Not so long ago, Kia was a byword for alternative. You bought a Kia because you couldn’t afford the equivalent Japanese, European or even American rival. Kia produced cheap cars which were meant to be used as means of transport and nothing more. In the last decade or two however, things started to shift. Kia became aware that people prefer quality and started making a comeback. The manufacturer finally started to rise up to the massive potential they had all along. The Cee’d proved really popular in Europe, and North America couldn’t get enough of the Optima.
Spurred on by that success Kia decided to venture into new waters: sporty sedans. Now, it’s one thing to make a good car, but a completely different to make a good car that’s also sporty. The world of performance sedans is dominated by the Germans, and making a breakthrough in such an environment is rather challenging. If your product isn’t completely on point, you’re not going to have a lot of success. Most people initially laughed at the idea of a sporty Kia, but when they launched the Stinger back in 2017, we all stood back in awe.
If you’re not particularly into cars, you might not even be able to tell it’s a Kia. Although the brand has been slowly creating their own design language over the past couple of years, the Stinger really brings out their full potential. The best compliment you can give it is that it doesn’t look like a regular Kia. Pictures are one thing, but seeing it in the flesh adds a whole new dimension to it.
It’s physically a large car, but the proportions are spot on. It’s wide, long with a long wheelbase, and rather low. The front overhang is short and the rear one is long, giving some hints as to what lies underneath. The front fascia is entirely new, with Kia’s revised Tigernose grille. If you, like most people, thought the Stinger would be a redesigned Optima, think again. This is an entirely new model from the ground up.
The roofline slopes downwards almost from the start of the B-pillars, creating this really unique shape which was once reserved only for the sporty German offerings. The rear end isn’t bad either. The taillights are connected via this big brake light stretching across the entire lid, and you even get quad exhaust tips in the top of the line GT model. It gets a small diffuser, and that air dam at the front is entirely functional too. As far as looks go, Kia seems to be in a sweet spot at the moment. Compared to something like a 4-Series or even an A5, it just looks light years better.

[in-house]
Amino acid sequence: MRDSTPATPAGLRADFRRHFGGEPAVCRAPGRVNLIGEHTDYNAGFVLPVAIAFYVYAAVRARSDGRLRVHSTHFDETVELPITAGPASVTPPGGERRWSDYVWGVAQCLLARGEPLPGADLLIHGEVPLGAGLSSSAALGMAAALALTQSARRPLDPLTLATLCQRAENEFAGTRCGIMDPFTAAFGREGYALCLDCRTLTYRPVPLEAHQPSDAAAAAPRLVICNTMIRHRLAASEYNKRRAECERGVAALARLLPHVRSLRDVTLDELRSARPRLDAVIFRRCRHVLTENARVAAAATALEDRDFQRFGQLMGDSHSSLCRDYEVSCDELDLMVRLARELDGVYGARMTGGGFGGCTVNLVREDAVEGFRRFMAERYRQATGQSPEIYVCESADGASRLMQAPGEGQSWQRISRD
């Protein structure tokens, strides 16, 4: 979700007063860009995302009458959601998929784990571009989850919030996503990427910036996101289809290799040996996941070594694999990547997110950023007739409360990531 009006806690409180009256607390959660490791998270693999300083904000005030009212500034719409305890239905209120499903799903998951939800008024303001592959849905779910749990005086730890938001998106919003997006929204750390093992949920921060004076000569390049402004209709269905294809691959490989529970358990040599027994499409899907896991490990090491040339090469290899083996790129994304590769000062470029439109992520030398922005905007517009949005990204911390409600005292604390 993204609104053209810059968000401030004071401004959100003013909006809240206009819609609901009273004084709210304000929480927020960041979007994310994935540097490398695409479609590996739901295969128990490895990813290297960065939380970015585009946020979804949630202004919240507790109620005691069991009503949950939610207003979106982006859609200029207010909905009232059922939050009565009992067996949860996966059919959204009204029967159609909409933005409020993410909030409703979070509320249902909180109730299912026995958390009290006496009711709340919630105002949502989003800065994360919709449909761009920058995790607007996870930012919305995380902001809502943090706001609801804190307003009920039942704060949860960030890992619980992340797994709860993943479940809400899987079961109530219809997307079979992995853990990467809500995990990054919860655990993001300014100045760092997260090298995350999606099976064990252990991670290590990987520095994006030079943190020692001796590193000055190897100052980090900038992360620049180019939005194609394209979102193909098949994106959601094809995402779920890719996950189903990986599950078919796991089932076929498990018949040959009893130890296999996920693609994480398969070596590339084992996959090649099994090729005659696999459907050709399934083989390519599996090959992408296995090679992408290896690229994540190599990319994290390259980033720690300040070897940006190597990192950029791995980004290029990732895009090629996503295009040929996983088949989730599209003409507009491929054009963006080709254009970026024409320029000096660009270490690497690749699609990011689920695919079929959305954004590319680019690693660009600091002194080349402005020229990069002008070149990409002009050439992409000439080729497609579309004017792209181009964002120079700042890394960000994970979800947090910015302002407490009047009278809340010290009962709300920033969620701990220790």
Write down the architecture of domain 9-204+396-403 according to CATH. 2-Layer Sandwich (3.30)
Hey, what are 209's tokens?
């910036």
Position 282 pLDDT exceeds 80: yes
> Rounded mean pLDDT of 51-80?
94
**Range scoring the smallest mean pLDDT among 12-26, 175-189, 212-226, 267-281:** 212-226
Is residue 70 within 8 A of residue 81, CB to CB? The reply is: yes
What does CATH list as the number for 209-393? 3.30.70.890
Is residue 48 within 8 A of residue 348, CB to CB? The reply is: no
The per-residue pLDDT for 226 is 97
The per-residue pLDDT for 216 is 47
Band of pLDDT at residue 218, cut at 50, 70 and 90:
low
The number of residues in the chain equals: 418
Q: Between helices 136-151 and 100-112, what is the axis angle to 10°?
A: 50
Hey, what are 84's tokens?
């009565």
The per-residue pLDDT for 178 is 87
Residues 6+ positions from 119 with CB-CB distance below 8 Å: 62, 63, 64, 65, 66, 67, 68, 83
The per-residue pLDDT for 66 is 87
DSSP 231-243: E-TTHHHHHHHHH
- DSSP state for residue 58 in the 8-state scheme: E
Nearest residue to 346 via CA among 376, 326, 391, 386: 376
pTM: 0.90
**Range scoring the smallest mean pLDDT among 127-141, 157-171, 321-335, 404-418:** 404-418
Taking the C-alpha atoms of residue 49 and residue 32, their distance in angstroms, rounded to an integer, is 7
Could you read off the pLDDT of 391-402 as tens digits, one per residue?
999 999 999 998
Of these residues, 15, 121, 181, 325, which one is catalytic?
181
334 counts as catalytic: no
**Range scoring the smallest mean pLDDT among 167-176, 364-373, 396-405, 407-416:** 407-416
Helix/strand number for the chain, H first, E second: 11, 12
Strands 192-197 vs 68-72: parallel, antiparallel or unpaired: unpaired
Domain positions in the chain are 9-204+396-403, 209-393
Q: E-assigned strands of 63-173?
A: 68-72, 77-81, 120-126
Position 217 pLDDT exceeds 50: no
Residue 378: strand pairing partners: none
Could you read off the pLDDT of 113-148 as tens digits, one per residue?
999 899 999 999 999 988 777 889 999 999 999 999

The Stinger’s interior is by far and away the best interpretation of a cabin Kia has ever done. As soon as you get inside you immediately thing of luxury. The materials are all first class and the build quality is up there with the Japanese rivals. Nothing squeaks or rattles and everything is solid. The dashboard is simple if a bit boring, but the large infotainment system atop it creates a nice break. There’s also an advanced HUD in front of the driver which can show information such as speed, navigation, audio settings, cruise settings, and blind-spot detection.
Despite the low roofline, there’s a ton of headroom in the back even for taller passengers. Legroom is aplenty in both front and rear rows, thanks to that lengthy wheelbase. The seats themselves are super comfortable, especially the ones on the high-end models covered in Napa leather. The driving position is spot on too. You sit nice and low in the car, as you should in any self-proclaimed sporty sedan.
The cargo capacity can hold 660 liters, which is more than sufficient for your entire luggage. It features the latest in driver assistive technologies such as lane keep assist and rear cross traffic alert. What more do you need to hear? It’s luxurious, well built, offers plenty of space, and has an even better driving position than its German rivals.
Engine and Performance
I know some of you still have doubts about the Stinger. Now that we get to the actual performance figures, you’re probably thinking it’s going to fall flat on its face. Luckily, it doesn’t. Not in the slightest. Even the entry models come equipped with a 2.0-liter turbocharged four-cylinder making 255 horsepower and 352 Nm of torque. Our test vehicle comes with a 3.3-liter Biturbo V6 producing an almighty 365 horsepower and 509 Nm of torque.
Power is sent to the rear wheels only via an eight-speed auto that Kia developed in-house. You can get the Stinger in AWD format, but for sheer driving excitement, stick with RWD as we have. The transmission is smooth and quick, even on the downshifts. It’s 99.9% as good as Audi and BMW’s dual-clutch versions. We didn’t have an issue with the transmission throughout the entire test, and we drove it harder than most owners are ever going to drive their own personal cars.
We never thought we’d see the day a Kia was willing to oversteer, but the Stinger is more than happy to do so. The rear will slide out if provoked even in second and third, but it’s remarkably manageable. The chassis is neutral so you can steer the car with the accelerator. That low center of gravity means you have a really sharp turn-in, followed by a slight hint of oversteer on corner exit. As far as driver’s cars go, the Stinger is as good if not better than the BMW. That’s right, they’ve managed to create something to rival “The Ultimate Driving Machine”.
The only reason you wouldn’t buy the Kia is because you’re still not able to gloss over its badge. Objectively, it’s more powerful, faster, better looking and more affordable than any of its competitors. If you still have a bad image of Kia in your head, go take a Stinger GT out for a drive. It will completely rewire your brain and the way you think of Kia, we promise.